International instruments and law considered
International Convention to Suppress the Slave Trade and Slavery (Slavery Convention)
Supplementary Convention on the Abolition of Slavery, the Slave Trade and Institutions and Practices similar to Slavery
Criminal Code (Commonwealth) (CC)
The respondent (T) operated a licensed brothel in Melbourne, Victoria. Victorian law permits the operation of licensed brothels. She was charged and convicted under CC s270.3(1)(a) for five offences of intentionally possessing a slave and for five offences of exercising power of ownership over a slave.
The charges related to five women who were recruited from Thailand to work in a Melbourne brothel. Under the terms of an oral agreement, each woman owed a debt of about $45,000 to T. This debt was based on the price paid by T to ‘purchase’ the women from their Thai recruiters, as well as travel, accommodation and other expenses.
To pay this debt the women were required to work six nights a week in a brothel servicing clients. For every client serviced the debt was reduced by $50. The women were provided accommodation and food. They were to earn nothing from their work until the debt was paid off. The seventh day was a free day when they could work and keep earnings for that day. The women’s passports and return air tickets were kept by T. Their movements were also supervised, and they were effectively confined to the brothel.
All five women had voluntarily travelled to Australia on the understanding that once their debt was paid off, they would have the opportunity to earn money on their own account by working as prostitutes. They knew about the general nature of the work they were going to perform.
The convictions were quashed in the Court of Appeal of the Supreme Court of Victoria, from which there was a further appeal to the High Court of Australia.
• Whether T’s conduct was capable of falling within s270.3(1)(a).
The court found there was evidence on which a jury could have found T guilty, and reinstated the convictions.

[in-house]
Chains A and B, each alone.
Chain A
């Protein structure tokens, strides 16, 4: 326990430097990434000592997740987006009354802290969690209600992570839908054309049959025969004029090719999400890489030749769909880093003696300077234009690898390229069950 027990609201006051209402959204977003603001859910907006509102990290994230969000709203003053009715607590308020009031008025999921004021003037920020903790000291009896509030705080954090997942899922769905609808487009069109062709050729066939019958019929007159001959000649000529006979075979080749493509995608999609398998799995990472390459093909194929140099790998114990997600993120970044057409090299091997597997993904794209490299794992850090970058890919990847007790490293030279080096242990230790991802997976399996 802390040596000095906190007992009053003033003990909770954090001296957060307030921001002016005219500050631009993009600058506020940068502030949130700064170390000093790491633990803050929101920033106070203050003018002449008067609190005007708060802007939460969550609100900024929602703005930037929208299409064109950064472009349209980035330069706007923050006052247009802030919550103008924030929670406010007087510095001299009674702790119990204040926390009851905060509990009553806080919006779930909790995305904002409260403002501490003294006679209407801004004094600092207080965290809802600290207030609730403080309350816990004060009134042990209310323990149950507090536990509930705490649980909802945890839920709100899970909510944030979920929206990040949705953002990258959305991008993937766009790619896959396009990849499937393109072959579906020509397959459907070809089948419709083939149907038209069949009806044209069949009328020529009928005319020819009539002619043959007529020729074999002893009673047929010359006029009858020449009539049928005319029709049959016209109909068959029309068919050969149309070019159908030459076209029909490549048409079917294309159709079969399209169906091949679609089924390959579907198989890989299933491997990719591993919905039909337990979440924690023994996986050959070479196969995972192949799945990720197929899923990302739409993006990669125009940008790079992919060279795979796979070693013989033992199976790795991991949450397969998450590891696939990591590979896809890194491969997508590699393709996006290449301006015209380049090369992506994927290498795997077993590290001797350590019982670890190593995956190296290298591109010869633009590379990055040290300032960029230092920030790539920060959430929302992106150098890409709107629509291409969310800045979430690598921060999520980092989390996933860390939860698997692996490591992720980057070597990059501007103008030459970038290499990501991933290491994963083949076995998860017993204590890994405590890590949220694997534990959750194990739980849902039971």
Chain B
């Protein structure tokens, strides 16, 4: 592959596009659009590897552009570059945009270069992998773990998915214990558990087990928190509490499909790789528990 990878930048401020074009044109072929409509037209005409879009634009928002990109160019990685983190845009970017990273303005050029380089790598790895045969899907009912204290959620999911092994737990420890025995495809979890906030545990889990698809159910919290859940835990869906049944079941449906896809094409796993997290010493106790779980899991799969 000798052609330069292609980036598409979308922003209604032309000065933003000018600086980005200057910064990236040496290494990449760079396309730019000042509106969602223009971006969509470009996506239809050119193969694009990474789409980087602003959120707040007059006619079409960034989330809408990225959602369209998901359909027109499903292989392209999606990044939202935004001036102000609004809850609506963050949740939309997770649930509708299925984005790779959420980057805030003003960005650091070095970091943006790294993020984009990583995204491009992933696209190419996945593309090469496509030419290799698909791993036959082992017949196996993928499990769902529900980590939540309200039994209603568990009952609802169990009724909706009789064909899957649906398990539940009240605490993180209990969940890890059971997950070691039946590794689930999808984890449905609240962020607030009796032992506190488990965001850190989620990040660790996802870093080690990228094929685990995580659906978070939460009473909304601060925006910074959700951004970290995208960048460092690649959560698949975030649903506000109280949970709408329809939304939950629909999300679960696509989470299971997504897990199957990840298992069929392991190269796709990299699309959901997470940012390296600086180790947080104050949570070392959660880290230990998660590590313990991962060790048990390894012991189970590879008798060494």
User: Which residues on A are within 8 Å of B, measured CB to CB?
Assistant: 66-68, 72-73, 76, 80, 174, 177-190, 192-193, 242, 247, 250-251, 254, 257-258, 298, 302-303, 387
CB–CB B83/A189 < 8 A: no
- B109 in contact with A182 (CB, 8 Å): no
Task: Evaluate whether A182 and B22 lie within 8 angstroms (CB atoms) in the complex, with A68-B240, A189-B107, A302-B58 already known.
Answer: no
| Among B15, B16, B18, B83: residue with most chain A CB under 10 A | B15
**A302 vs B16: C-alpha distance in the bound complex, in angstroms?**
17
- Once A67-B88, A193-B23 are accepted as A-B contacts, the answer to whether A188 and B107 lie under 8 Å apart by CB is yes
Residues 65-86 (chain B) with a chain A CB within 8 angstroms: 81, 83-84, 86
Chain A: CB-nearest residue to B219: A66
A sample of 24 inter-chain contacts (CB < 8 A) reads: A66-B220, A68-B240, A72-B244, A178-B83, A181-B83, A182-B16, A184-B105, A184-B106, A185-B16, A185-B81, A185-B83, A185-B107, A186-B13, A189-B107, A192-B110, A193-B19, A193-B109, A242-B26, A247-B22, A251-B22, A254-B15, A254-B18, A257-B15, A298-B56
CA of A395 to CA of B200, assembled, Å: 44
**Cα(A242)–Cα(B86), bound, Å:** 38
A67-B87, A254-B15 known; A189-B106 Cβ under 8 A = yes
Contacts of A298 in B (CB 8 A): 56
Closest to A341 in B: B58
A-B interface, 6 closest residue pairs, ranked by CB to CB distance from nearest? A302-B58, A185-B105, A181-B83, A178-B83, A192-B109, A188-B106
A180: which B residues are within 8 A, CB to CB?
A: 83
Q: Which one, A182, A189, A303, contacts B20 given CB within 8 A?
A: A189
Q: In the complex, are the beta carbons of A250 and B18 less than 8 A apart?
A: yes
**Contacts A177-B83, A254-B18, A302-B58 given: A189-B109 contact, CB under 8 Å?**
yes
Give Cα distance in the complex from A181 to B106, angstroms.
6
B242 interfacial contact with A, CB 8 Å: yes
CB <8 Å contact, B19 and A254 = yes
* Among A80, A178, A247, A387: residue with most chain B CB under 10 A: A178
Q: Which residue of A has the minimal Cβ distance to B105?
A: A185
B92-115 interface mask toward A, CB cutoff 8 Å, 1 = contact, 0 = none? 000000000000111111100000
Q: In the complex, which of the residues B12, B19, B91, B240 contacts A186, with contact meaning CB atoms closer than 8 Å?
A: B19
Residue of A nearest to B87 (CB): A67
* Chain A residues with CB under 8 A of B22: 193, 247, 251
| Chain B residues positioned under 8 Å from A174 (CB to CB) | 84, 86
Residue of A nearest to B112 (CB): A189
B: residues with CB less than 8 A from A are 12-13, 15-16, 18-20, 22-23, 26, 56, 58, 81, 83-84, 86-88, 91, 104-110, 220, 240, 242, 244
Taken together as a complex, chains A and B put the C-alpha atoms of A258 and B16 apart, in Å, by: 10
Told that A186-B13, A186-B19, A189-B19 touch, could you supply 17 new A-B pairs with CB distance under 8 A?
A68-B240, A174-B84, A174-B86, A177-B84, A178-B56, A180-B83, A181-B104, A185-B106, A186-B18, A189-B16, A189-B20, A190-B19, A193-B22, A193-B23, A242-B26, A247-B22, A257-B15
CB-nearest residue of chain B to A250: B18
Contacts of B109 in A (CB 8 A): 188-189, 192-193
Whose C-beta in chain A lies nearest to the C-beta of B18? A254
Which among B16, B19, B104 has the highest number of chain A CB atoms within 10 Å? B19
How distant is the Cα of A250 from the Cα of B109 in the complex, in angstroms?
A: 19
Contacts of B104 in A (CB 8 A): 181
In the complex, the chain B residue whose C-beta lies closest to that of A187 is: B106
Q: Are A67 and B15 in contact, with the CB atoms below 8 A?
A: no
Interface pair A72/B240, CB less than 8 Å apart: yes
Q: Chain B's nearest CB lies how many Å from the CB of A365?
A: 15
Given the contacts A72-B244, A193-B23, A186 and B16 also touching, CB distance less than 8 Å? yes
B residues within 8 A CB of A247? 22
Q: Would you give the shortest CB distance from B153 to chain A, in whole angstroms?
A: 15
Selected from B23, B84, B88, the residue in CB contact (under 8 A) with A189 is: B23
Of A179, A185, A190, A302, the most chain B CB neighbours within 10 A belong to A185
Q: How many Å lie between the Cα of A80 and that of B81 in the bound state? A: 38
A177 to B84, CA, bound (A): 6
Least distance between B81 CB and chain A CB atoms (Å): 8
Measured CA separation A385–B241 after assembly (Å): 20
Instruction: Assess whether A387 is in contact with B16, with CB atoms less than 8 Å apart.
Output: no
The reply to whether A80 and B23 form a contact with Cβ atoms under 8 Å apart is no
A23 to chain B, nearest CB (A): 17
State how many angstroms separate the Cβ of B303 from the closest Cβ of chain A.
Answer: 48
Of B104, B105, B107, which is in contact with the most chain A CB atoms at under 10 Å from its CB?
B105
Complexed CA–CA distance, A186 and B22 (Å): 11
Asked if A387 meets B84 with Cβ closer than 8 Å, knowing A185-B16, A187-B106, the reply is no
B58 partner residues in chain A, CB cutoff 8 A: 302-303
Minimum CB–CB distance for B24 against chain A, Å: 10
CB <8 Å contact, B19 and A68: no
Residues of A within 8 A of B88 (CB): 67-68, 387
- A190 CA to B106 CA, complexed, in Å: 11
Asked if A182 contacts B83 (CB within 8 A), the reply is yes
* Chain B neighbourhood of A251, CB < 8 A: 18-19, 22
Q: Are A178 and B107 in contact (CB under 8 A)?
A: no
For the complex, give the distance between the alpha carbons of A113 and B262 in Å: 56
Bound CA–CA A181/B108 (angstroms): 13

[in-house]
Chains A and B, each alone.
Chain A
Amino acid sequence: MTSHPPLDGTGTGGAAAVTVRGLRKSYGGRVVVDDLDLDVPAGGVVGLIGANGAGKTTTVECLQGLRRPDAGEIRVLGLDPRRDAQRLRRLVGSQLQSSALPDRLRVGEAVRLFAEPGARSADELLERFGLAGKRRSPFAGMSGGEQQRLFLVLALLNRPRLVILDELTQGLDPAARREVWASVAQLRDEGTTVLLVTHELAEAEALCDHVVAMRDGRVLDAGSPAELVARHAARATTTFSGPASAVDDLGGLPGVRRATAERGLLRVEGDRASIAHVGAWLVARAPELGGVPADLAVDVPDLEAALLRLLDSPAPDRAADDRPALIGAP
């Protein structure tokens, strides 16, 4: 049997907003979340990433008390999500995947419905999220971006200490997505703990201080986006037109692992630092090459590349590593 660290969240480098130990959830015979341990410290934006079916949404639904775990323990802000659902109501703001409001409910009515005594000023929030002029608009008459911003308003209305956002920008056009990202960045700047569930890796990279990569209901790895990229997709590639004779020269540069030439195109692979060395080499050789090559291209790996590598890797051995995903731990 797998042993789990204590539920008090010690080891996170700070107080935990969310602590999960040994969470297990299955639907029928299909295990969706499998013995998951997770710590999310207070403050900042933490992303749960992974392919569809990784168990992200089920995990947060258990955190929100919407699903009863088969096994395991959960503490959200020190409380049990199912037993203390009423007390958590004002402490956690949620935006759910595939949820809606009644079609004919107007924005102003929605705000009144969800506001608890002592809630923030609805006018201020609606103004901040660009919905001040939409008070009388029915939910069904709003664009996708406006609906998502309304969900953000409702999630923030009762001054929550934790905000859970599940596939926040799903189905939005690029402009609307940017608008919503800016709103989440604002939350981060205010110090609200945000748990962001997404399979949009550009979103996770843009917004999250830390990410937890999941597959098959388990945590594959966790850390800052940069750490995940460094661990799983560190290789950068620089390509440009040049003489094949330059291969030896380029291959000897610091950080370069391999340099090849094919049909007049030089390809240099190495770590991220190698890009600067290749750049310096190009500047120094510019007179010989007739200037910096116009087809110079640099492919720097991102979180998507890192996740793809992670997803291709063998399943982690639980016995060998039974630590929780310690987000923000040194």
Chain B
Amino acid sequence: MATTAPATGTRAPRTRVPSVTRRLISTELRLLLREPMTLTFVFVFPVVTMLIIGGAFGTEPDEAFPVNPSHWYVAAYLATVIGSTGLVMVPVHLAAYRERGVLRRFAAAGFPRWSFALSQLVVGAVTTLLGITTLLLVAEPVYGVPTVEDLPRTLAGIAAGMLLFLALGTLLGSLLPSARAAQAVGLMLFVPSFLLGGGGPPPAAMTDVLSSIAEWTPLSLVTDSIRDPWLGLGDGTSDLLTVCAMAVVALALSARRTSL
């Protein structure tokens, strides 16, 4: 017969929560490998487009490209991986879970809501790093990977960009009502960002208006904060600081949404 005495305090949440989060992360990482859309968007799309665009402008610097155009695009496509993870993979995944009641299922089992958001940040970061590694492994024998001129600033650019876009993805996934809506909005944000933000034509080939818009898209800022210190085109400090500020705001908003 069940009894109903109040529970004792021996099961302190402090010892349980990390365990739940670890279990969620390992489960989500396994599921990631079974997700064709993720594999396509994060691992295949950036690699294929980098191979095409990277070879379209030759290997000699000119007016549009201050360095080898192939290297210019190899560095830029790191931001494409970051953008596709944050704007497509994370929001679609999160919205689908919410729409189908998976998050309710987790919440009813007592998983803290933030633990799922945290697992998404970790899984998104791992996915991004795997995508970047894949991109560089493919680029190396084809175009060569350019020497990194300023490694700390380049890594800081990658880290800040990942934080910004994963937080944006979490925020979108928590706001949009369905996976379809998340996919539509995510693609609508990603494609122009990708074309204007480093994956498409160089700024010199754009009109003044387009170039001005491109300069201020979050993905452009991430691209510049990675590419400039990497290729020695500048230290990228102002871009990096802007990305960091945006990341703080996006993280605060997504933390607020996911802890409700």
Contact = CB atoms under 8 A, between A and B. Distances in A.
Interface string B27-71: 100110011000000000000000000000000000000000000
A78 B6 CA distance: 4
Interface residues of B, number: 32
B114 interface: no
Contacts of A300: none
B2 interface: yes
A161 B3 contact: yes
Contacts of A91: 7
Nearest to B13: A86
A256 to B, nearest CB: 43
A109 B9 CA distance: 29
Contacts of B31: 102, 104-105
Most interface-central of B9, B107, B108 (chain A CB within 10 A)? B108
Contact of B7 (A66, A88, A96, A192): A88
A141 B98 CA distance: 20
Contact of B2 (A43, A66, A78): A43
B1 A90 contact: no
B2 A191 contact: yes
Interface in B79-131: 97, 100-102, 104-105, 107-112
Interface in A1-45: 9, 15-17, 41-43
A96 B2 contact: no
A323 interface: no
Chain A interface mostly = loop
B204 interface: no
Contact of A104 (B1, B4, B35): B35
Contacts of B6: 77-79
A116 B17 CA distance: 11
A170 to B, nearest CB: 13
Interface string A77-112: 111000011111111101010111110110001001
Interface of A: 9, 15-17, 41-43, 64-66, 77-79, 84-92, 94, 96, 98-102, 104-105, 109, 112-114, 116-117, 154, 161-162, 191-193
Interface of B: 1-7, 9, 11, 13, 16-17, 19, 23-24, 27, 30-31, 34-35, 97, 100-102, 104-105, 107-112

In deciding whether the five women could be regarded as slaves, the court made reference to the definition of slavery in CC, namely the ‘condition of a person over whom any or all of the powers attaching to the right of ownership are exercised including where such a condition results from a debt or contract made by the person.’ This definition, which is derived from the Slavery Convention, assumes that no one can be a slave in a legal sense in Australia, as ownership of a person is not possible. Instead, the CC targets conduct which treats a person as if they were a slave. In short, it prohibits de facto slavery.
The High Court had to distinguish between slavery and other harsh employment conditions which may not amount to slavery. Gleeson CJ held that this depended on the nature and extent of the powers exercised over the women. Of particular relevance here was T’s capacity to deal with the women as objects of sale and purchase, her extreme control over their movements, and the lack of payment for their services. Gleeson CJ also accepted that lack of consent was relevant, but not essential – it was possible for a person to have agreed to enter the condition of slavery.
Hayne J agreed with Gleeson CJ. His approach was that a person may be said to enslave another human being where one person has ‘requisite dominion’ over the other. Hayne J concluded that a slave is someone ‘deprived of choice.’ He said that ‘asking what freedom a person has may shed a light on whether the person was a slave.’
Hayne J concluded that even if the five women came to Australia voluntarily, knowing well the nature of work they had to perform, the central question was whether they had ‘any freedom to choose what was done with them in Australia.’ They had arrived in Australia with little money and hardly any knowledge of English. They were ‘bought and sold’ and required to pay off a debt that was arbitrarily imposed on them. They had no effective choice about their movements or working hours. His Honour also cast doubt on the reality of the women’s consent, suggesting that factors such as the power imbalance with their recruiters may have well have precluded real consent.
The discussion endorsed the principle that domestic legislation should be interpreted, as far as possible, to be consistent with a nation’s international obligations, including obligations in relation to human rights. The High Court interpreted the definition of slavery in CC in line with the definition in Article 1 of the Slavery Convention. It also supported the broader interpretation of slavery adopted by the International Criminal Tribunal for the former Yugoslavia in the Kunarac case, Case No IT-96-23 and IT-96-23/1-A (12 June 2002) (Judgment) rather than the more restrictive interpretation of the European Court of Human Rights in Siliadin v France (2005) VII Eur Court HR 333.
This case is an important landmark in that it recognises the realities of contemporary forms of slavery. It is a significant decision in an era when human trafficking is a major international concern.